By Carlos Quiroga
LA PAZ (Reuters) - Bolivia's police ended a violent mutiny and went back to work on Wednesday after reaching an accord with government ministers and the police leadership on pay and disciplinary rules, satisfying lower-ranking officers who had rejected a previous deal.
Dozens of police officers were hurt and several police stations were destroyed in the five-day rebellion in the natural gas-exporting South American country that has a history of coups and violent conflicts.
It was the latest in a string of conflicts testing leftist President Evo Morales, who is midway through a second five-year term.
The agreement raises the minimum wage for the country's roughly 32,000 police officers to about $300 a month and scraps tough new disciplinary rules until an alternative scheme can be approved with the participation of lower-ranking officers.
The deal overrode an earlier accord signed on Sunday that many rank-and-file officers shunned, continuing their occupation of most police barracks nationwide.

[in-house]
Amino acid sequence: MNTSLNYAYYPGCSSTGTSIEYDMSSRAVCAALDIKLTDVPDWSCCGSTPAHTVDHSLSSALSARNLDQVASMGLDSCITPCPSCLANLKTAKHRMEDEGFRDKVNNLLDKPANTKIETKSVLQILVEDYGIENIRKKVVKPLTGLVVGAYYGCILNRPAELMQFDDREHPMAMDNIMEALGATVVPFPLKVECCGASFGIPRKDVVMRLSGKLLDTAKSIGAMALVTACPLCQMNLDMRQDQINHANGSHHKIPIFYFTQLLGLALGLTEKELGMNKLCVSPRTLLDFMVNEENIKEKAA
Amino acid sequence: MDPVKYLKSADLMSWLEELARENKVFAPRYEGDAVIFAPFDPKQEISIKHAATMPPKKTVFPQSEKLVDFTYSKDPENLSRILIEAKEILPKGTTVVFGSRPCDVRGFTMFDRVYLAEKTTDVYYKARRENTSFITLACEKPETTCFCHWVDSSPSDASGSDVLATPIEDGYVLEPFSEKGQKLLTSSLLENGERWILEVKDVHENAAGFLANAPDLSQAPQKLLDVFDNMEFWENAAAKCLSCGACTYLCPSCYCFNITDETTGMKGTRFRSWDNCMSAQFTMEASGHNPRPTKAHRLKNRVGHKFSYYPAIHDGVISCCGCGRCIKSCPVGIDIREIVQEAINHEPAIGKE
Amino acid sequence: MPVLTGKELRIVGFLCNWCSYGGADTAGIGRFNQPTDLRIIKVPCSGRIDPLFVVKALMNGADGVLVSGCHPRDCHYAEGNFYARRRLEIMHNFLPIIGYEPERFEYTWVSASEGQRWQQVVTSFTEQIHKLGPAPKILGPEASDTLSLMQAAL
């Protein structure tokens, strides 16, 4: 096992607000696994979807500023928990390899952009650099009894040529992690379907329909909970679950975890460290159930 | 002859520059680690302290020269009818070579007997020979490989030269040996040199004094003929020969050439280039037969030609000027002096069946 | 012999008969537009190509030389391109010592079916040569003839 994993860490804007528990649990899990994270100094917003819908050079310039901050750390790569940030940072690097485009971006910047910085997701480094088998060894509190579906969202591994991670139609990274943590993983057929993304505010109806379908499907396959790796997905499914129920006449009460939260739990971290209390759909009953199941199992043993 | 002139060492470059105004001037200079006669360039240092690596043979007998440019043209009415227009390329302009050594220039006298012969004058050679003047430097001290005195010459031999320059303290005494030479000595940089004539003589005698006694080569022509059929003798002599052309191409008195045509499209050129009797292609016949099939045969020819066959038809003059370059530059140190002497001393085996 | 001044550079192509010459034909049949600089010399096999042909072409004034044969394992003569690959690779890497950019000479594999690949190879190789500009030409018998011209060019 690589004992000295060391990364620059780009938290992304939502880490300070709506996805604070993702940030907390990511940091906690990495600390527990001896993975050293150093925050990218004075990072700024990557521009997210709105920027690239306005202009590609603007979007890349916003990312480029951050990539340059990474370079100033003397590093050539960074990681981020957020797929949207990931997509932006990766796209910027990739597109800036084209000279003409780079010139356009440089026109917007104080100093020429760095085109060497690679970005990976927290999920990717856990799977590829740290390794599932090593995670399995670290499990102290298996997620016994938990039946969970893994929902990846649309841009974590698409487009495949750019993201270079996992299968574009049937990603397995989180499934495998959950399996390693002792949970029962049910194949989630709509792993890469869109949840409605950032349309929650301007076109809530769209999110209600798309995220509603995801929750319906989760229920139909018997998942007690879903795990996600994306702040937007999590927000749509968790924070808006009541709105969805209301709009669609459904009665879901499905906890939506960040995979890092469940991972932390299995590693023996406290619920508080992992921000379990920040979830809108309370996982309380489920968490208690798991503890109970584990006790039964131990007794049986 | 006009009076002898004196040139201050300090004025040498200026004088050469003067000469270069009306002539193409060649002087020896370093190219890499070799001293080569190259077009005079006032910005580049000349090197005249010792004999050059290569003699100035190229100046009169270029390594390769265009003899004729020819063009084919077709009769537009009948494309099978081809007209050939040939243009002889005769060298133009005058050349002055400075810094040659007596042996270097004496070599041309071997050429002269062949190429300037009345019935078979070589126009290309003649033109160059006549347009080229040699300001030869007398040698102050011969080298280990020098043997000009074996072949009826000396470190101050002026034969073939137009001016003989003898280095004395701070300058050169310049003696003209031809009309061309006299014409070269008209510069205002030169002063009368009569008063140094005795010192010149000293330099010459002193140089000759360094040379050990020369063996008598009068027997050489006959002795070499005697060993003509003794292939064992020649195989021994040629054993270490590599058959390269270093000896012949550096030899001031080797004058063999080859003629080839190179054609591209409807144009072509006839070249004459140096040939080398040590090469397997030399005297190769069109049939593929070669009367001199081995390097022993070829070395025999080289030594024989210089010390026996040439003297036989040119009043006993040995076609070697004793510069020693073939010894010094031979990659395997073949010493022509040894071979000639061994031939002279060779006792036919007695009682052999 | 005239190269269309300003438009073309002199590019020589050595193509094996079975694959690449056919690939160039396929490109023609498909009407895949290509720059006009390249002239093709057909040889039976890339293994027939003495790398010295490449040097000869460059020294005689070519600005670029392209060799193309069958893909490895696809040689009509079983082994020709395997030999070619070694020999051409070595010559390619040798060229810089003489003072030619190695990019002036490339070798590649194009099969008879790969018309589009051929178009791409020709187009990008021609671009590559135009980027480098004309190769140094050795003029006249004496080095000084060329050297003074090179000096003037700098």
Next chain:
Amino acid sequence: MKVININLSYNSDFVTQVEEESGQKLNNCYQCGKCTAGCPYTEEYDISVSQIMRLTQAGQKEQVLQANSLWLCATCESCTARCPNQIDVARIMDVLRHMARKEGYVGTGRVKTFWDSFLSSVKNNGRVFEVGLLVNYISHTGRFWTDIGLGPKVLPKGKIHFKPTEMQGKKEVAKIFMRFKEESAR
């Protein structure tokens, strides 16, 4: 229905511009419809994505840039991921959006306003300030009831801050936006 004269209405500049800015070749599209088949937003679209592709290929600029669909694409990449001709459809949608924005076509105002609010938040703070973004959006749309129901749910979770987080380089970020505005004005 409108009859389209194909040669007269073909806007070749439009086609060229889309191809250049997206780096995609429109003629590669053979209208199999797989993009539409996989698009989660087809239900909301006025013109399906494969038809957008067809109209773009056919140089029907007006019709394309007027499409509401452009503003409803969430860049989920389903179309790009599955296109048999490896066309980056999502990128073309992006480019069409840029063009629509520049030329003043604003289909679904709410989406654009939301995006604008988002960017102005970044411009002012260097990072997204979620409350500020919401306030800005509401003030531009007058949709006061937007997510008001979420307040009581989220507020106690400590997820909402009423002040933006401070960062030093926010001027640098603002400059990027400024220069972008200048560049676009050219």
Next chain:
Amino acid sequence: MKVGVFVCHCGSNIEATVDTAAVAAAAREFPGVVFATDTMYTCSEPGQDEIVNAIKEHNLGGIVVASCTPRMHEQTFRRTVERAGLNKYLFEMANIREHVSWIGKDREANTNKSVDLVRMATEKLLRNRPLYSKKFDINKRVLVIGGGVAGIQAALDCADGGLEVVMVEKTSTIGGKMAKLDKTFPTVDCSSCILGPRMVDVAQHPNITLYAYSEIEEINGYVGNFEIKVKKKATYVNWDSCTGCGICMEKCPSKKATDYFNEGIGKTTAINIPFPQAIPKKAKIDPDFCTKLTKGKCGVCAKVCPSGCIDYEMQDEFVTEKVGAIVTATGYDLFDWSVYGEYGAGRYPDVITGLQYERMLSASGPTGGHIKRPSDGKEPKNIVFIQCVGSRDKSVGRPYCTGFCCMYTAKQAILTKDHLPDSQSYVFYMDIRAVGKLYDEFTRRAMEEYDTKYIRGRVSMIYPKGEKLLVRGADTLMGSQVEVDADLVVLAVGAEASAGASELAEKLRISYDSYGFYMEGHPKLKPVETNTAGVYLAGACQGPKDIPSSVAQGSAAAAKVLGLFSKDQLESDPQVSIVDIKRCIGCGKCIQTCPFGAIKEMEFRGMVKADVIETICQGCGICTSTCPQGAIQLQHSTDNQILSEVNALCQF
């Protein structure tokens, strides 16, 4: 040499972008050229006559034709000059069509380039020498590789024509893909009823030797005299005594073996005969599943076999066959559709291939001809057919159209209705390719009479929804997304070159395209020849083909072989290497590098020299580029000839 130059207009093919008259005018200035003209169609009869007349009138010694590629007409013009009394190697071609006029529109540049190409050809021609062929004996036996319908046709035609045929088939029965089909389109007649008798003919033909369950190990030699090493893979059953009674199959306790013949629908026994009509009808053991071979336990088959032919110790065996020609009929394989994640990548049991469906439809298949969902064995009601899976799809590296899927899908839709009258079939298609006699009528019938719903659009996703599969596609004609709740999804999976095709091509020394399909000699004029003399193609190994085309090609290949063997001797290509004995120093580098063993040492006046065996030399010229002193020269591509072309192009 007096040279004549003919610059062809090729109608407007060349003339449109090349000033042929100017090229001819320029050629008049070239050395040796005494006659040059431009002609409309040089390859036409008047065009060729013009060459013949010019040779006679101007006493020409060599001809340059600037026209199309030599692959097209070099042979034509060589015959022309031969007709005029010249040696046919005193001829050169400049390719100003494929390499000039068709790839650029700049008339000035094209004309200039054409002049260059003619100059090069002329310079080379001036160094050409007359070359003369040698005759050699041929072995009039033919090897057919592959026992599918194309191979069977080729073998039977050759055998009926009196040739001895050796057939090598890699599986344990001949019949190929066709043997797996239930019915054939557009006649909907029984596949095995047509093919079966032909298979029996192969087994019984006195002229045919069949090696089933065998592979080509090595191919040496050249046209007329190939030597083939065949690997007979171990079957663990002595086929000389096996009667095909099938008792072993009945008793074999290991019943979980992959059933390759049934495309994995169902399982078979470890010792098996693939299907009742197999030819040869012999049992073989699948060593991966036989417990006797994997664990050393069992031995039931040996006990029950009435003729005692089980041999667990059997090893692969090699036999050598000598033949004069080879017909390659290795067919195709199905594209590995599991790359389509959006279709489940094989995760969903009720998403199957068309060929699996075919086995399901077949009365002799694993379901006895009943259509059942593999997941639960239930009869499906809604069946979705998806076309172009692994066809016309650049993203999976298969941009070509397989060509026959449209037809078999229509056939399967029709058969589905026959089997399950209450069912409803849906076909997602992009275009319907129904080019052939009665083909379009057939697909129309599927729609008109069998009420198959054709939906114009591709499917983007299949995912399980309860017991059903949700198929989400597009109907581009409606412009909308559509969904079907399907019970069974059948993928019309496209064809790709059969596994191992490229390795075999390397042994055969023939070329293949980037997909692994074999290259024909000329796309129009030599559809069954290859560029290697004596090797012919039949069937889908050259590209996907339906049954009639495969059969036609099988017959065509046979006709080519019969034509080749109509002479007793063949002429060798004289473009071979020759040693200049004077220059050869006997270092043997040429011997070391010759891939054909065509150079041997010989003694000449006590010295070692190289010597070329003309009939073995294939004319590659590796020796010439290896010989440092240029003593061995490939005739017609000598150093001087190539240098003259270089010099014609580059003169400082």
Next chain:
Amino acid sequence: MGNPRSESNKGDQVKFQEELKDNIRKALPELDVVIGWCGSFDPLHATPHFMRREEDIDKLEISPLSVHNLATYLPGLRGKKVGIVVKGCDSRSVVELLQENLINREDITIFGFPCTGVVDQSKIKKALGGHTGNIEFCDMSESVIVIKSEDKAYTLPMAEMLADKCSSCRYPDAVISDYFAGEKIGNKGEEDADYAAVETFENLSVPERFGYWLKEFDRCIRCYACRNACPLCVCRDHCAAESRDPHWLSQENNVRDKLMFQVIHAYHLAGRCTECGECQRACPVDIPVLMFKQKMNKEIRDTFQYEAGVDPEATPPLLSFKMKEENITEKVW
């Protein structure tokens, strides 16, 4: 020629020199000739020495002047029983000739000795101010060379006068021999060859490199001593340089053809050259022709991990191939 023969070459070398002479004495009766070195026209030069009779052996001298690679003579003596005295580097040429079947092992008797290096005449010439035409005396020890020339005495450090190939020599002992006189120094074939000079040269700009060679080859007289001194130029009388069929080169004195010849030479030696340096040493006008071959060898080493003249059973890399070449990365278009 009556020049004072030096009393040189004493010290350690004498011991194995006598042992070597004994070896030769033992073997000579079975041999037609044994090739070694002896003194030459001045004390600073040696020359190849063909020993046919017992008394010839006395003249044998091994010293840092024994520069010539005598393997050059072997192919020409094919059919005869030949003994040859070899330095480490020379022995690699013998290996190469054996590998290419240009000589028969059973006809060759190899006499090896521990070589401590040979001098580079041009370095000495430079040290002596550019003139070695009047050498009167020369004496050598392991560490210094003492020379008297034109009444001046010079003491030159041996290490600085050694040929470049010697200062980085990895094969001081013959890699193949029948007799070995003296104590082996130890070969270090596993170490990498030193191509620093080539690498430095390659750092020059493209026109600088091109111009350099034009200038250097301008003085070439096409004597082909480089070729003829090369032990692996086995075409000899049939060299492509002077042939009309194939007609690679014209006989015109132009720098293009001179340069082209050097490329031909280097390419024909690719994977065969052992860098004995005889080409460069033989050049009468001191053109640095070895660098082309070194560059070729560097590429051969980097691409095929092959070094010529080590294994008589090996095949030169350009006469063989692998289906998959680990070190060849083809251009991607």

"With this, the mutiny is over. The final accord, which was reviewed with all our members, is signed. ... Police services will return to normal," said officer Esther Corzon, one of the representatives of the protesting police who signed the deal.
Morales, who often blames social protests on political rivals in Bolivia, had accused the rebel police of trying to destabilize Bolivia. He vowed to avoid a repeat of a police protest in 2003 that was quashed by the military, causing dozens of deaths.
The respite may not last long. A group of indigenous activists marching toward La Paz for the past two months was due to enter the city later on Wednesday.
They are protesting against a plan to build a road through the Amazon forest. The movement has lost some steam since a similar march took place last year, shaking Morales' government and prompting him to halt the project.
Earlier this month, clashes between rival miners broke out at a Bolivian tin and zinc mine owned by global commodities giant Glencore after several weeks of protests.
Morales responded by having the state take control of the mine's operations. This cooled tempers domestically but upset Glencore due to a lack of compensation.
(Writing by Hilary Burke; Editing by Will Dunham)